Some foods are so hearty and so beloved that selecting one among the many variations is like waging war upon all the others. This is probably the case with beef chili, which some claim to have evolved from a Northern Mexican dish, and some a purely American one. My childhood memory of beef chili would more accurately be: “ground beef with kidney beans,” or the faintest memory of that other, “vegetarian” kind, which never held my attention for more than a few bites. In fact, I never really understood what the “chili” part of the dish was referring to, except for some faint red spice bombarded by too much oregano and cumin.

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Spicy Tuscan soup by Anjuli

Posted on 01-28-10 · Tags: , , , , , , , ,

Spicy Tuscan Soup

You can’t go wrong with hearty soups and stews in winter. They make any snowfall feel like the best of snow days, they restore your body and relax your mind, and they simply and deliciously warm you up from the inside out. My family doesn’t eat pork all the time. But when we come across a really good spicy pork sausage, we immediately find a big soup pot to put it in. Allowing the thick coins to soften and infuse a light broth with their rich, spicy, fatty goodness can change your whole outlook on cooking in winter. There must be a group of people out there who have devised recipes that showcase turkey and chicken sausage, but this soup is not one of those recipes. Furthermore, I am not one of those people. The fat and spice is what gives peasant-like soups their umph. It’s why you find yourself leaning in over the bowl and breathing in deep. And fat certainly puts the soul in good ol’ chicken soup.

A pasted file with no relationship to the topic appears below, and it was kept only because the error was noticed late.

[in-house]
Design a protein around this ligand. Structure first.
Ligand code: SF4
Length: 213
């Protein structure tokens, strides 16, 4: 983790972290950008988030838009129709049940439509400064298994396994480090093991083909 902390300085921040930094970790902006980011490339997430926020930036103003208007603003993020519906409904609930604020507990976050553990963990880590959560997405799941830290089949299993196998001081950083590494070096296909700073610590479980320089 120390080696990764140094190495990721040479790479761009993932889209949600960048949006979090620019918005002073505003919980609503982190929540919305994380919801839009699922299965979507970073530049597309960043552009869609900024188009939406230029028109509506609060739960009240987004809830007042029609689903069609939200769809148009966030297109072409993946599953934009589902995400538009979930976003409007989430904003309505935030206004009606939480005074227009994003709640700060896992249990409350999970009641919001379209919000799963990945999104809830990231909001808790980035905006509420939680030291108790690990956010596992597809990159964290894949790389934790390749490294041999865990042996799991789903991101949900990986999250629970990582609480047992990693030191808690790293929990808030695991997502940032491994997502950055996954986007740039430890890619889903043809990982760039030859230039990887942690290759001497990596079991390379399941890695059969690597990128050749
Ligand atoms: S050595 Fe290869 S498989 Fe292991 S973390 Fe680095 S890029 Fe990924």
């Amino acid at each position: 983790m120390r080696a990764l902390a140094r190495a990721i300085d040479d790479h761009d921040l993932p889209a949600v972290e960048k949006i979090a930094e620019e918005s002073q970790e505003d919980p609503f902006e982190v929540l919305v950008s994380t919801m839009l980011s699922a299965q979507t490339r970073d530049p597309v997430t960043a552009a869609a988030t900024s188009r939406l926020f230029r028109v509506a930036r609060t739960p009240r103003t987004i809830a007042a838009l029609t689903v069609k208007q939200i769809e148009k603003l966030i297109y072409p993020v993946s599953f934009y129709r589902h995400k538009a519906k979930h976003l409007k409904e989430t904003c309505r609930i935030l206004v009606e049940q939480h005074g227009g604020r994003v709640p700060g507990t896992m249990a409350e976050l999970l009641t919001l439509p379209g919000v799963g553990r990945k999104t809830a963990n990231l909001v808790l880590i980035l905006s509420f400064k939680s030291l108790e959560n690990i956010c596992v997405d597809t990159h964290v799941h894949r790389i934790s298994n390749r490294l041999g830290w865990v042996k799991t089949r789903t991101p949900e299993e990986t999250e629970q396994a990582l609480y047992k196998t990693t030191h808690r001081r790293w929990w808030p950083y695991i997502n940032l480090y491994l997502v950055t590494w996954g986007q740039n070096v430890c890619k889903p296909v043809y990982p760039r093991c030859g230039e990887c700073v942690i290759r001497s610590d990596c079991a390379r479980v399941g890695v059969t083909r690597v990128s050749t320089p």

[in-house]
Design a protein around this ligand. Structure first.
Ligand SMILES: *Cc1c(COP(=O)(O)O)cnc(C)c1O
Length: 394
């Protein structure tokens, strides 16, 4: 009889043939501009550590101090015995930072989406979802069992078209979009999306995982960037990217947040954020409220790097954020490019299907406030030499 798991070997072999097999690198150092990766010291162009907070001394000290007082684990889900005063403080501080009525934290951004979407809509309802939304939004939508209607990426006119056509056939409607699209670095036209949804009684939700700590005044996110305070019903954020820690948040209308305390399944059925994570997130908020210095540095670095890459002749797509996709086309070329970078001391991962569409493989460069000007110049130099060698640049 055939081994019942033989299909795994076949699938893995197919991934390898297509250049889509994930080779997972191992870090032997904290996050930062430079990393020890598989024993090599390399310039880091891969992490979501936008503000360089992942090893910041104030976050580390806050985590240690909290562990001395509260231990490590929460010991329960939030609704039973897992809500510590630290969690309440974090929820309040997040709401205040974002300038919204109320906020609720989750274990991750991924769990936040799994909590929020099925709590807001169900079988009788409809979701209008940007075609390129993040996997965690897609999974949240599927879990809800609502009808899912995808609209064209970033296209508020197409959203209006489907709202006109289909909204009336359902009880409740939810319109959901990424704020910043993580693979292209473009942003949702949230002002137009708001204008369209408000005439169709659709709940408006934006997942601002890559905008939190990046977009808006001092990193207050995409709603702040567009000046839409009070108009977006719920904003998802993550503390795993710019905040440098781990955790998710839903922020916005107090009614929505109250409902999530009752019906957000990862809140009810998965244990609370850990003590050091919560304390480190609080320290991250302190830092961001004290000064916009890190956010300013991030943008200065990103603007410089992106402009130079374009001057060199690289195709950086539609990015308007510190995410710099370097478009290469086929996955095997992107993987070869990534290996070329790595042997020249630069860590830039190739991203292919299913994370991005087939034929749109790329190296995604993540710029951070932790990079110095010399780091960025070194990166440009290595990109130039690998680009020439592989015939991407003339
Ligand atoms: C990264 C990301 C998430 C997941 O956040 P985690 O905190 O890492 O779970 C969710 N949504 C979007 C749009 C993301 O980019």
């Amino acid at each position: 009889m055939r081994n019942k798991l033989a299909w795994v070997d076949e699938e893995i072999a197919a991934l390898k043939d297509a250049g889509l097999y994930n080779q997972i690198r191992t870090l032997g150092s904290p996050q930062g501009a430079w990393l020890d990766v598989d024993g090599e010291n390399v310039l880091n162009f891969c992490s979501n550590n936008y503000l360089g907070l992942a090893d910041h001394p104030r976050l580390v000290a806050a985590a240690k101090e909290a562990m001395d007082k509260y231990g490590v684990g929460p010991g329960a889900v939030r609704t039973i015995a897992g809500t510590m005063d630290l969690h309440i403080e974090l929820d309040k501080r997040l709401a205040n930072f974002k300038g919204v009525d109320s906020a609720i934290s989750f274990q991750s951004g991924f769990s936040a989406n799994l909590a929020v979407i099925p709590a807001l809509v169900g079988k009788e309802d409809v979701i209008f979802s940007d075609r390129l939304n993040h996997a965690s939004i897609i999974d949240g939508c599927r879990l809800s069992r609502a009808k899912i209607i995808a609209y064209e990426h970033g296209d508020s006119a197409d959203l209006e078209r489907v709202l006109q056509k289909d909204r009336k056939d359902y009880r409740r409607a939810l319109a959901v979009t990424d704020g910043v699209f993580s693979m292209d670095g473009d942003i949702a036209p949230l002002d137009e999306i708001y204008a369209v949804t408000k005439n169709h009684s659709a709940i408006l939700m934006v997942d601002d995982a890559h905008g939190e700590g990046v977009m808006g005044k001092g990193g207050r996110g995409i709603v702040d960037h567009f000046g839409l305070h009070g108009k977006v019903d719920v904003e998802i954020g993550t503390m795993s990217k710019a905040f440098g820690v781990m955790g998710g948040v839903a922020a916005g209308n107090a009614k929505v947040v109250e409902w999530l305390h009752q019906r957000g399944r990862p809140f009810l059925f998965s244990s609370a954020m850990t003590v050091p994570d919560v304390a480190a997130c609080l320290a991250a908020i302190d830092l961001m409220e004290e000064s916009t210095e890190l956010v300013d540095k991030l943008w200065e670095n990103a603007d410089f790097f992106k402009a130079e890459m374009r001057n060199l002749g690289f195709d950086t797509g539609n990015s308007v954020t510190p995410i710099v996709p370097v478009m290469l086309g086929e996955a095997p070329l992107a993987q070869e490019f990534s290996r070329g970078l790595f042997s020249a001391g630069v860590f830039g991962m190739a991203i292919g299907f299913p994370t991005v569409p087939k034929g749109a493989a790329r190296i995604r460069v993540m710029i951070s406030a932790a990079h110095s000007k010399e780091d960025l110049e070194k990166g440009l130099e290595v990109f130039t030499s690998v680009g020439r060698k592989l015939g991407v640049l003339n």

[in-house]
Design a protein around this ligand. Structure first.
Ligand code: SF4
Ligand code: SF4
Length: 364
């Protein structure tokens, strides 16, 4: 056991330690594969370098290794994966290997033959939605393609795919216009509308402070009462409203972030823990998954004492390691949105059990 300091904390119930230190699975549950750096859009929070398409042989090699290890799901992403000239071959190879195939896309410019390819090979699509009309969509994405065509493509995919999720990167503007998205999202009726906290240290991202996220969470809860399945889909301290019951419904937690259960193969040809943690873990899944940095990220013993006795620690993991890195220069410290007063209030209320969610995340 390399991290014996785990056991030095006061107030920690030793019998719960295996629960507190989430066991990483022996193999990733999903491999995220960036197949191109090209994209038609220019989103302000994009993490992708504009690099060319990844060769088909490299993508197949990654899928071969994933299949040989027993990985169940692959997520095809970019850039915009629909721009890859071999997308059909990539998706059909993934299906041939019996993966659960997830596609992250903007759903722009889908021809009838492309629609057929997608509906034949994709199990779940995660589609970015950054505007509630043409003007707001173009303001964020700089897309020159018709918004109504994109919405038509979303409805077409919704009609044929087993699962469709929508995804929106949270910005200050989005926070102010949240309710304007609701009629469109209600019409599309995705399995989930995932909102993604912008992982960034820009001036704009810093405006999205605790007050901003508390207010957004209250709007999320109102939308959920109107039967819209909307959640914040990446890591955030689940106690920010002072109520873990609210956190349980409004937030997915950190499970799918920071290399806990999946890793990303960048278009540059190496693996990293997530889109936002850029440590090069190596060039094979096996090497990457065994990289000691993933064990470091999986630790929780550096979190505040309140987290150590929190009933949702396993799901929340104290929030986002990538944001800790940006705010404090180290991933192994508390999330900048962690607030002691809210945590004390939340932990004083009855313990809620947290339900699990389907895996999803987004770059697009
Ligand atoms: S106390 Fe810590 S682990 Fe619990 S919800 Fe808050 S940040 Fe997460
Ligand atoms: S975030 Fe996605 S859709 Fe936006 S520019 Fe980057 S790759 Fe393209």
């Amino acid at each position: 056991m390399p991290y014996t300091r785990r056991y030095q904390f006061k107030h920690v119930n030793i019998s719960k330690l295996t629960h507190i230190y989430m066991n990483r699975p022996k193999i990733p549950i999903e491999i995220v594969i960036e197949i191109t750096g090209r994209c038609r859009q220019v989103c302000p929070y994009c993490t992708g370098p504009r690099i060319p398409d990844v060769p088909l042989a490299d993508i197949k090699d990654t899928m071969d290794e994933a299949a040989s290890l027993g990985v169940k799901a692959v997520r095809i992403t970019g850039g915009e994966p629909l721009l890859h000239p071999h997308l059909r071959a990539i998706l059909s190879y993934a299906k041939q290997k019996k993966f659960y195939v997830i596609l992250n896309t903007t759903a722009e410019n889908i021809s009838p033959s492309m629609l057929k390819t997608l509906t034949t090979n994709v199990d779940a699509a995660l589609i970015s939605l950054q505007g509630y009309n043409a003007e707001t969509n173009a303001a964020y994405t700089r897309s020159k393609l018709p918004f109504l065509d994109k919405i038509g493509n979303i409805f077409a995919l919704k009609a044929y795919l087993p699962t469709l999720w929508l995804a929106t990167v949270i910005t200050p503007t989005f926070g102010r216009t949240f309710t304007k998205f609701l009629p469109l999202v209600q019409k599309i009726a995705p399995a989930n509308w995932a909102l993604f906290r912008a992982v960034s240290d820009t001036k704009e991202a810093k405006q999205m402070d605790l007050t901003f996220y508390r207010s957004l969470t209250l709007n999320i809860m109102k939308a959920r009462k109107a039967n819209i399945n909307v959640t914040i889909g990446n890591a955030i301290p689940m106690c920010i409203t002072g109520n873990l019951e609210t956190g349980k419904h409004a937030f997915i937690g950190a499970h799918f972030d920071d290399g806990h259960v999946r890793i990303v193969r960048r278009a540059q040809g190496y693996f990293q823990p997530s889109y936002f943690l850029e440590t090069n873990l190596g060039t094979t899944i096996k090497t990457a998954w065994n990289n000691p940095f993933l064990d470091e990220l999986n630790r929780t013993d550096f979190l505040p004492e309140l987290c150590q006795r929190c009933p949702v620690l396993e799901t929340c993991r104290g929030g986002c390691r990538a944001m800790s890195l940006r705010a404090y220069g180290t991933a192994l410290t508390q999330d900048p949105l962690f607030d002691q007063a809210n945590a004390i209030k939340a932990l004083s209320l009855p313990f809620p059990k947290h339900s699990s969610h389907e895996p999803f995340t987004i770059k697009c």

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Hearty cabbage soup with sausage and potatoes by Weezie

Posted on 12-11-09 · Tags: , , , , , , , ,

Hearty cabbage soup with spicy sausage, ham, and potatoes

Cabbage is a satisfying vegetable to grow in the garden like carrots and parsnips. It is relatively undemanding and available from July on in the garden. In the fall after hard frost, when you have harvested everything from the garden, it will keep in the fridge for at least a month. We consider it a staple, like carrots or onions, that we almost never have to buy.

Cabbage, by many, is considered a poor man’s vegetable and thus there are millions of recipes from around the world for wonderful cabbage soups. The following was inspired by the Frugal Gourmet Cooks with Wine, with my adaptations.

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Mom’s First Post: Moong Dal with Rosemary, Thyme, Cumin and Lemon by Weezie

Posted on 11-25-09 · Tags: , , , , ,

Dal

Anjuli has been inviting me, her mom, to post on her blog. I am a little old for this sort of thing, but I will give it a shot. I certainly love her blog. I feel honored.

Ramani, Anjuli’s dad, has been bothered by spicy food lately. He grew up in Bombay, so this is not something we take casually. This is up on the level of Greek tragedy. He strongly felt that without heat there can be no flavor. Poor guy. But yesterday he had an epiphany. We created a dal with herbs, garlic and onions and he loved it. I don’t mean he sort of liked it, it was ok. I mean he loved it.